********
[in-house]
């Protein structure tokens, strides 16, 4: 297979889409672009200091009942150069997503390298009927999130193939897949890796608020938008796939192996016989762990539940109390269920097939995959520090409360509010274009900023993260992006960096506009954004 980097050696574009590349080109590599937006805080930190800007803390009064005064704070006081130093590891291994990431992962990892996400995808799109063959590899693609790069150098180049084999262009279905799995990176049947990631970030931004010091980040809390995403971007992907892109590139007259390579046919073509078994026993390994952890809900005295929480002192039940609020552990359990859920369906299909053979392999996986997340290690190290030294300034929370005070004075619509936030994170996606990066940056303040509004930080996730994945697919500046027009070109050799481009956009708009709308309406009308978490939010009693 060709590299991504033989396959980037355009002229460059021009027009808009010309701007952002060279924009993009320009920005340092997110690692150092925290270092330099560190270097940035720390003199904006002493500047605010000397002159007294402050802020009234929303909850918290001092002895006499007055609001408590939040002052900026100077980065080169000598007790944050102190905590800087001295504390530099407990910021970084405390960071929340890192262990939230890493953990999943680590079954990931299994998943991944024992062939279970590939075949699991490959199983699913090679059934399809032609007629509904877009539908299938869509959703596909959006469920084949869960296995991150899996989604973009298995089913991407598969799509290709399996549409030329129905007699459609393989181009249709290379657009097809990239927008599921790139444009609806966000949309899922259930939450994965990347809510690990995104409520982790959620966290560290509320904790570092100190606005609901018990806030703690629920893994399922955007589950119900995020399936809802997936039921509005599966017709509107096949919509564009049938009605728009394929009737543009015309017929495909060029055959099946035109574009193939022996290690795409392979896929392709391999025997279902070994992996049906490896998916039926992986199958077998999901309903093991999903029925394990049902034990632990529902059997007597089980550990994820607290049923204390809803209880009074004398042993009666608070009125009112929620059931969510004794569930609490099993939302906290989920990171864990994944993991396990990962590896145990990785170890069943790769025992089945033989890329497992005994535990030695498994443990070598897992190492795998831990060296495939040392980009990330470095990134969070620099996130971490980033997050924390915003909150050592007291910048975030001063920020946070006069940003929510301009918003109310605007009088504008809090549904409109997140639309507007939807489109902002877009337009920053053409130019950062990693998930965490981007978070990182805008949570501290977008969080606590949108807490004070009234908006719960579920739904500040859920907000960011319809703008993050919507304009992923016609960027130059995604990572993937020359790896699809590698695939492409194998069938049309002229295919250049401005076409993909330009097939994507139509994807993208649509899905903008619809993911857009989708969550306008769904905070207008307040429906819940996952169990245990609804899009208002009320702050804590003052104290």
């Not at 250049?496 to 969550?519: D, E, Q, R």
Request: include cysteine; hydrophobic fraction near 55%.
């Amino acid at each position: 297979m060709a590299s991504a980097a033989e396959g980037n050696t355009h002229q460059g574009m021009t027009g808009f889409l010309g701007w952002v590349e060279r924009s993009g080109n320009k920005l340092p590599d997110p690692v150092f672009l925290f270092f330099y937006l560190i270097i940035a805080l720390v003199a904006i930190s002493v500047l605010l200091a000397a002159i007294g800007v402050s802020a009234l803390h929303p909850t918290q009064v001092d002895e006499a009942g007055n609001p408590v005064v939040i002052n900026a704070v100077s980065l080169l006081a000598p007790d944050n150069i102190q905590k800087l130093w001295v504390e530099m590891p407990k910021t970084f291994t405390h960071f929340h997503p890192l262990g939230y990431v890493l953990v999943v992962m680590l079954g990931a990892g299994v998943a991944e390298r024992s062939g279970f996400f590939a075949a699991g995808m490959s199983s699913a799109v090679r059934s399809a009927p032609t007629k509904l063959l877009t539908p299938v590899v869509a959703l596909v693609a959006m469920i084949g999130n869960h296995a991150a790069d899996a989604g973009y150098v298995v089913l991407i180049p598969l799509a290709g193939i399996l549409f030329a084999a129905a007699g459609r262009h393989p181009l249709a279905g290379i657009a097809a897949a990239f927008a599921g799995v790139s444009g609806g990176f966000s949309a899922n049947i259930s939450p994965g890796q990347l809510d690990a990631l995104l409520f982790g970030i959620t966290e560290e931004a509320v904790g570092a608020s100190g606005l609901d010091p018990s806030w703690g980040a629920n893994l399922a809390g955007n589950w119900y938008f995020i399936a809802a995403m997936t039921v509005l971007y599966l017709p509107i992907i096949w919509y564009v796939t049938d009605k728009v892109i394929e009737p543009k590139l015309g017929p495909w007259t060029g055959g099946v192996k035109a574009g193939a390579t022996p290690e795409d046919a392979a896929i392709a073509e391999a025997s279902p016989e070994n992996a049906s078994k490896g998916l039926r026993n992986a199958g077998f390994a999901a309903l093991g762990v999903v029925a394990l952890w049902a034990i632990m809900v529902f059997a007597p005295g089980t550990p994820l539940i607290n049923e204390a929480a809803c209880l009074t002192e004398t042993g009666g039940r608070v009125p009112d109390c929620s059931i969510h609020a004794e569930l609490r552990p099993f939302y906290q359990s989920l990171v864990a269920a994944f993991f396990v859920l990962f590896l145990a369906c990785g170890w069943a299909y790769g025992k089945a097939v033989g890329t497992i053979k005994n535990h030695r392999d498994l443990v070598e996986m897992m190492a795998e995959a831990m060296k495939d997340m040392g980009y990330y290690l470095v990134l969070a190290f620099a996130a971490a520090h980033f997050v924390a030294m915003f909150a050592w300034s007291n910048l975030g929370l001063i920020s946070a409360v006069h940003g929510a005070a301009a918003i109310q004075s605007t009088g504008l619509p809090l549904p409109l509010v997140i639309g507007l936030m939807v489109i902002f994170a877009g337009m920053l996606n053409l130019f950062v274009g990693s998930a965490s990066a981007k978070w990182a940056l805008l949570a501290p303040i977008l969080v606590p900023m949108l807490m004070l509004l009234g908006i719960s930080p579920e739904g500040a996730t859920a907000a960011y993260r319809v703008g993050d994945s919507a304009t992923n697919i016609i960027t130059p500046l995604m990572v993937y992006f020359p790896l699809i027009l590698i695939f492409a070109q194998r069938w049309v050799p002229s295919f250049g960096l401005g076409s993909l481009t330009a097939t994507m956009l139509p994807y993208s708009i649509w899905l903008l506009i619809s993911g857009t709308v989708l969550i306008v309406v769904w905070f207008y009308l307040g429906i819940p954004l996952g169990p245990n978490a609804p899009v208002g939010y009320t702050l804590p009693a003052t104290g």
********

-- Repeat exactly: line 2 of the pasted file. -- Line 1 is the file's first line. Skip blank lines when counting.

């Protein structure tokens, strides 16, 4: 297979889409672009200091009942150069997503390298009927999130193939897949890796608020938008796939192996016989762990539940109390269920097939995959520090409360509010274009900023993260992006960096506009954004 980097050696574009590349080109590599937006805080930190800007803390009064005064704070006081130093590891291994990431992962990892996400995808799109063959590899693609790069150098180049084999262009279905799995990176049947990631970030931004010091980040809390995403971007992907892109590139007259390579046919073509078994026993390994952890809900005295929480002192039940609020552990359990859920369906299909053979392999996986997340290690190290030294300034929370005070004075619509936030994170996606990066940056303040509004930080996730994945697919500046027009070109050799481009956009708009709308309406009308978490939010009693 060709590299991504033989396959980037355009002229460059021009027009808009010309701007952002060279924009993009320009920005340092997110690692150092925290270092330099560190270097940035720390003199904006002493500047605010000397002159007294402050802020009234929303909850918290001092002895006499007055609001408590939040002052900026100077980065080169000598007790944050102190905590800087001295504390530099407990910021970084405390960071929340890192262990939230890493953990999943680590079954990931299994998943991944024992062939279970590939075949699991490959199983699913090679059934399809032609007629509904877009539908299938869509959703596909959006469920084949869960296995991150899996989604973009298995089913991407598969799509290709399996549409030329129905007699459609393989181009249709290379657009097809990239927008599921790139444009609806966000949309899922259930939450994965990347809510690990995104409520982790959620966290560290509320904790570092100190606005609901018990806030703690629920893994399922955007589950119900995020399936809802997936039921509005599966017709509107096949919509564009049938009605728009394929009737543009015309017929495909060029055959099946035109574009193939022996290690795409392979896929392709391999025997279902070994992996049906490896998916039926992986199958077998999901309903093991999903029925394990049902034990632990529902059997007597089980550990994820607290049923204390809803209880009074004398042993009666608070009125009112929620059931969510004794569930609490099993939302906290989920990171864990994944993991396990990962590896145990990785170890069943790769025992089945033989890329497992005994535990030695498994443990070598897992190492795998831990060296495939040392980009990330470095990134969070620099996130971490980033997050924390915003909150050592007291910048975030001063920020946070006069940003929510301009918003109310605007009088504008809090549904409109997140639309507007939807489109902002877009337009920053053409130019950062990693998930965490981007978070990182805008949570501290977008969080606590949108807490004070009234908006719960579920739904500040859920907000960011319809703008993050919507304009992923016609960027130059995604990572993937020359790896699809590698695939492409194998069938049309002229295919250049401005076409993909330009097939994507139509994807993208649509899905903008619809993911857009989708969550306008769904905070207008307040429906819940996952169990245990609804899009208002009320702050804590003052104290």